How to Collect Meteorites





Introduction: How to Collect Meteorites

You will now go around to random places with a metal detector and shovel and look for over sized rocks that came from space. Seem easy enough?

I didn't think so.

The chance of you finding large meteorites is so slim that you would have a better chance of guessing their next door neighbors iPhone 4s passcode. (4 spots 10 possibilities per = 10000 possible codes.)

There is however a much easier way that I will now show you how to do. The biggest material it requires? Your local beach.

You will be collecting dust but after a while, it collects.

This is a fun novelty to collect and have on your office desk as well as also proving to be very cool. I mean, how many people get to say "I have a meteorite on my office desk." ?

Step 1: What!? No Metal Detector!?

You will need:
1 neodymium magnet
2 bags
1 local (or very far away) beach

Step 2: The Element of Surprise

Flip one bag inside out. Place the neodymium magnet inside.

Have the other bag opened and ready to store your findings.

This is you search device.

Step 3: Collections.

Now, go to a beach and take an object to flatten out some of the the sand a bit. Your hand will do just fine with that. A flat surface will allow you to collect more dust.

Step 4: Done.

Pull the magnet out of the bag to release the findings into the second bag. It  will take a while but it is rewarding in the end. You may notice there are some impurities (sand) inside of the bag. I am trying to find a way to fix tha and will update soon.

Although what you say is true, over certain periods of time as meteorites will impact and they enter Earth's atmosphere, they burn up into dust. A beach is a ideal spot to collect the dust because the sand will not absorb the dust.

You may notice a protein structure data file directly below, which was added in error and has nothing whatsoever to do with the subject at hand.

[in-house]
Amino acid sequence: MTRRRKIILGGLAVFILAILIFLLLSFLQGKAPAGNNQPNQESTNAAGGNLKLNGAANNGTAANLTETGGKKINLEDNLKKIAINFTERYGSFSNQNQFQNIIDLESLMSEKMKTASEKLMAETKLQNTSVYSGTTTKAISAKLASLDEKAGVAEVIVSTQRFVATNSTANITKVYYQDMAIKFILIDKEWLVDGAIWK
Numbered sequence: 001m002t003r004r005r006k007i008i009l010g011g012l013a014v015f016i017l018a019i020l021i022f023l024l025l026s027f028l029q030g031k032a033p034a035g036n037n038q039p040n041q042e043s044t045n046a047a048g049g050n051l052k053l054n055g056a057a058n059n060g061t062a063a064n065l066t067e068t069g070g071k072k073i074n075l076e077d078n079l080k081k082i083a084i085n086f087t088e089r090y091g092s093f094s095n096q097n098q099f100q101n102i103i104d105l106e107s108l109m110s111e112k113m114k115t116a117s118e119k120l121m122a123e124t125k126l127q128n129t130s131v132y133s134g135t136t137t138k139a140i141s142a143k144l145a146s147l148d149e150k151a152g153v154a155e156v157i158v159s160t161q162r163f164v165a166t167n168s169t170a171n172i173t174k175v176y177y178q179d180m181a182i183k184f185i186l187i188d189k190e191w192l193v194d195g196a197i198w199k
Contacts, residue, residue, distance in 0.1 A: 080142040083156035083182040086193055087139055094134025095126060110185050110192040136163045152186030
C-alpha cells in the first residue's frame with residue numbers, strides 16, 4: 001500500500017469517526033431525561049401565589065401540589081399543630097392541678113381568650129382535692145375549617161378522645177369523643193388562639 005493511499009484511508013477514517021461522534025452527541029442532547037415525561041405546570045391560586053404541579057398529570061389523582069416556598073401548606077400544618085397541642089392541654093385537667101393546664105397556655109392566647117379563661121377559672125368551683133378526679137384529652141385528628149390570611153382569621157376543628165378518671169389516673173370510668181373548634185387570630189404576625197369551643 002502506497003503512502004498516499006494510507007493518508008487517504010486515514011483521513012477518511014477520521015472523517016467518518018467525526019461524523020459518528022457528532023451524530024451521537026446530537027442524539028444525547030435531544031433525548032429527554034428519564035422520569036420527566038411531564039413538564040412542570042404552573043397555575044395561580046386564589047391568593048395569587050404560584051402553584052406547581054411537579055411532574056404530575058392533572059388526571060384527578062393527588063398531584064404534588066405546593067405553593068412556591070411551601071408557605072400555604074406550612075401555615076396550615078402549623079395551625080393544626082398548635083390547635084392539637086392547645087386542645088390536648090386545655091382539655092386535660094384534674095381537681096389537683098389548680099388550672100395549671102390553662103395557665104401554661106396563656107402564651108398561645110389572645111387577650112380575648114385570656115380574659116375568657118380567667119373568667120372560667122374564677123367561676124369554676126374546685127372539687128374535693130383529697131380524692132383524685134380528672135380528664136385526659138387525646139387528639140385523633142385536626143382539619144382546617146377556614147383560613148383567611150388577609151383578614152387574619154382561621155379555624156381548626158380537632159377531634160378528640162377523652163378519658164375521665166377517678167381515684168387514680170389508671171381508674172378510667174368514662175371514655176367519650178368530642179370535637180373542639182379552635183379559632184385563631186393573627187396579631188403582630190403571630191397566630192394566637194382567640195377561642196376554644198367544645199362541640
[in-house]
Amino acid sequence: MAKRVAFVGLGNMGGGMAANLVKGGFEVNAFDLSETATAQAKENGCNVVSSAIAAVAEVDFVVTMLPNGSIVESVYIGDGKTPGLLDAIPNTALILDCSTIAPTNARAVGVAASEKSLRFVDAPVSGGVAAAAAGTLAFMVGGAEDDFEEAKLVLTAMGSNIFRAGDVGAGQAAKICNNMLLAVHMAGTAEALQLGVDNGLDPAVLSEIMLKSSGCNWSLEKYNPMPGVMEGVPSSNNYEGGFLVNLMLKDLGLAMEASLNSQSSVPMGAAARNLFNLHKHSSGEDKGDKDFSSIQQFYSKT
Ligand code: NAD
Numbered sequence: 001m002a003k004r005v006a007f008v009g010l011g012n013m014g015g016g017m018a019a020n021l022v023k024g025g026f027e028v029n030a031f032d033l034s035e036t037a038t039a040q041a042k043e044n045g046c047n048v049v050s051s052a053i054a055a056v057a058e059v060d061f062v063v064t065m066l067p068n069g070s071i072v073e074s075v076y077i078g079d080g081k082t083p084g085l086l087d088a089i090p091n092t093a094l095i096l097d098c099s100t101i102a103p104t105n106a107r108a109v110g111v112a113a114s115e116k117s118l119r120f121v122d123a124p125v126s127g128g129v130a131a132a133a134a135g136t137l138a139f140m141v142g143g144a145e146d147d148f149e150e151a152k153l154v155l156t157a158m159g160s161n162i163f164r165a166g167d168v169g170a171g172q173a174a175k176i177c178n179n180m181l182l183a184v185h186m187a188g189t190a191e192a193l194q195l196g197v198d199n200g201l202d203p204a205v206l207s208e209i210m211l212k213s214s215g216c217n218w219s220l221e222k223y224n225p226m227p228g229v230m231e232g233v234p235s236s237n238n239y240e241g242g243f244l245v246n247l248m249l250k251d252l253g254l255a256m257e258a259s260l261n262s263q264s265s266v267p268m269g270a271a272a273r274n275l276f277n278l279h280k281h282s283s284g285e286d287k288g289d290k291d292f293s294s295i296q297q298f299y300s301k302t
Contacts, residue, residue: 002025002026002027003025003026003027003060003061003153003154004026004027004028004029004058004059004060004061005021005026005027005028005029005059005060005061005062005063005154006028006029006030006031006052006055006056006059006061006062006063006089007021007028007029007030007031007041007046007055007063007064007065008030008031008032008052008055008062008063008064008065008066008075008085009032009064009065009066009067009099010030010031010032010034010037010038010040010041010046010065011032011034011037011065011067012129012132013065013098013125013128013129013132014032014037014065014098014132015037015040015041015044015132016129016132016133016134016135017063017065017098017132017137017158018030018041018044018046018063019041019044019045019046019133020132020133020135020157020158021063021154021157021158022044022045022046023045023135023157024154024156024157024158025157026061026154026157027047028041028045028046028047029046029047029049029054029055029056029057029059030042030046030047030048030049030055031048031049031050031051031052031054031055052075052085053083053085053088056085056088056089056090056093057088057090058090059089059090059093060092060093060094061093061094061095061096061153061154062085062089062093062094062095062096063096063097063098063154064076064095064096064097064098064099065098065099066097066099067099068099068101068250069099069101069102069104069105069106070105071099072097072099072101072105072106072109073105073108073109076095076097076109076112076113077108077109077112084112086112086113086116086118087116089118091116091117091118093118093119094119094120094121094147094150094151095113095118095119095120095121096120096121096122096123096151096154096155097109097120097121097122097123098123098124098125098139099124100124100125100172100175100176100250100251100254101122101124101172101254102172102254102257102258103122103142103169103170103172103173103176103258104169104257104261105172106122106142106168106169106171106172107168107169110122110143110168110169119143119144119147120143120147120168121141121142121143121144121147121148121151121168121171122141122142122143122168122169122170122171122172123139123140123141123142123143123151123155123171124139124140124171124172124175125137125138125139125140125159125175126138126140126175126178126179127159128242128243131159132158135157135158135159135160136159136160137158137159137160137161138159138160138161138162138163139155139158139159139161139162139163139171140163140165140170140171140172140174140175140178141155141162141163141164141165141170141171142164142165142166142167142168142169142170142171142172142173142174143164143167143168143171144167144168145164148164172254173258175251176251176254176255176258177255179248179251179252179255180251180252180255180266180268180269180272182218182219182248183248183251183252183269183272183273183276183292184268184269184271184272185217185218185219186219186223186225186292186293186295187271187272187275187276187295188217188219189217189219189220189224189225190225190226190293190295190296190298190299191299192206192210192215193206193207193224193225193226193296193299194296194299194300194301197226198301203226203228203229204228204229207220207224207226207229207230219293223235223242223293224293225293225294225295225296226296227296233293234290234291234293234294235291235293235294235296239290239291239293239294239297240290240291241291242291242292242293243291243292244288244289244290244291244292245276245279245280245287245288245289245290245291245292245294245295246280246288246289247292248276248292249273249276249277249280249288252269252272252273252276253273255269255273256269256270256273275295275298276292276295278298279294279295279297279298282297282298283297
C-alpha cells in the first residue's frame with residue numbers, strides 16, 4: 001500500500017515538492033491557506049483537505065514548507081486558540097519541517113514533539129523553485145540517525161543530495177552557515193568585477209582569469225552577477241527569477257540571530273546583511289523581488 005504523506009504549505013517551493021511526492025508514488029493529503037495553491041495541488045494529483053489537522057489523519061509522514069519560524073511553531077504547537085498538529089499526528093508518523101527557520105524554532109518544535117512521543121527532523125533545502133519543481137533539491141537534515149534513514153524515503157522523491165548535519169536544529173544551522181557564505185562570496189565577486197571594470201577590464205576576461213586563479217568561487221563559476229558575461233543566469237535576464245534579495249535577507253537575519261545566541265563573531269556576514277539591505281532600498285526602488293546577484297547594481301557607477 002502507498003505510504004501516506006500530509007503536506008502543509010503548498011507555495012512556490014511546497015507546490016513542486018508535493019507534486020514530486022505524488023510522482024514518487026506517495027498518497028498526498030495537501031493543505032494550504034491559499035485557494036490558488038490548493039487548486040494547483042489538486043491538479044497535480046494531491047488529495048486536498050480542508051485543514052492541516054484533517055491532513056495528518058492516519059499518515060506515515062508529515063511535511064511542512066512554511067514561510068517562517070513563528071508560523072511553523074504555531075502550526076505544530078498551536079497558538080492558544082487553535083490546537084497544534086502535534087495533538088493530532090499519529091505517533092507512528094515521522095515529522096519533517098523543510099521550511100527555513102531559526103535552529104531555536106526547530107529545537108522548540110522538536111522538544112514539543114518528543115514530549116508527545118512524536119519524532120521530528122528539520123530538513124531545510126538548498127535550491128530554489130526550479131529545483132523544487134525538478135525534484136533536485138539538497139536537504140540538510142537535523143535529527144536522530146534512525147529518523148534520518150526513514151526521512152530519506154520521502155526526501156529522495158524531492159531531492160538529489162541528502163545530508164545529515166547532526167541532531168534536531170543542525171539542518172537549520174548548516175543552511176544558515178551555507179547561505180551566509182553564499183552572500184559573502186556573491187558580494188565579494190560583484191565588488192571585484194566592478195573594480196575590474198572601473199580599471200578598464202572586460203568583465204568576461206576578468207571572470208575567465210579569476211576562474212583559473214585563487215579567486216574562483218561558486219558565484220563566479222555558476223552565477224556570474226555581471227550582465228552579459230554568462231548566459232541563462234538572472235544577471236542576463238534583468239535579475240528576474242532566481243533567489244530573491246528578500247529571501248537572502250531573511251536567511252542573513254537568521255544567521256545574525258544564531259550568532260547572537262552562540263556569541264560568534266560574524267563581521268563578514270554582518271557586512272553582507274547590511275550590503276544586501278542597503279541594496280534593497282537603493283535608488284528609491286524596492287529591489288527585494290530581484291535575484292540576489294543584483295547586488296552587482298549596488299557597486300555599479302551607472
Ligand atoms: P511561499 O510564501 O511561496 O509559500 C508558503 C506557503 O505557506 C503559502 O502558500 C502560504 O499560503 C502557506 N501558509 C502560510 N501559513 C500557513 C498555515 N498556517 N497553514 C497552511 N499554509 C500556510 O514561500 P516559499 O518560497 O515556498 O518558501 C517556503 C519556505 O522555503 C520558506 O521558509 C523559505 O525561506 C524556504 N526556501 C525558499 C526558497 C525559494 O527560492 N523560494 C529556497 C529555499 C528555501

Have fun!



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    nvr mind... just realized what the white squares are for lol

    Clever, but how are to distinguish between meteorites and plain old hematite?

    Hmmm...good point. I will have to ponder that.

    From what I know on the subject (which is minimal), the only difference between hematite and meteor fragments is composition ratio and crystal structure (apparently crystals form differently in 0G). Meteorites should have a large amount of nickle.

    I believe micro meteorites will be nearly spherical from burning up during entry into the atmosphere.

    See here for more info:

    Would this work up here in new England or is your area have higher space dust fall. And also could I check in some sandpits left by glaciers I do know a few

    No problem. Any beach will do. To be honest, I shot all these pictures in Hong Kong. There should be no difference. What does make a difference is the magnet you use. You should use neodymium (rare earth) magnets. I didn't here because I forgot them back home back in the U.S. Sandpits will work but it really depends on size. If it is 2 feet wide then there are less chance for deposits to hit there than a large beach but it should work just fine.

    if something is magnetic, wouldnt it rust? also on a beach, youd think something as small as dust would just be eaten away by the salt water and dissolved away to nothing. but i dont know, maybe not? Hey another thought, why doesnt a metal dector go crazy on a beach if all the metal is in the sand?

    Good thoughts. Let's see:

    New deposits are being made all the time. But I am not sure why it doesn't

    It wouldn't because a beach is large and there are some places salt water never reaches.

    A metal detector has a coil that when enough metal is present it will change the oscillation frequency enough for the electronics to detect it causing it to beep or light up, etc.

    I hope I answered your questions.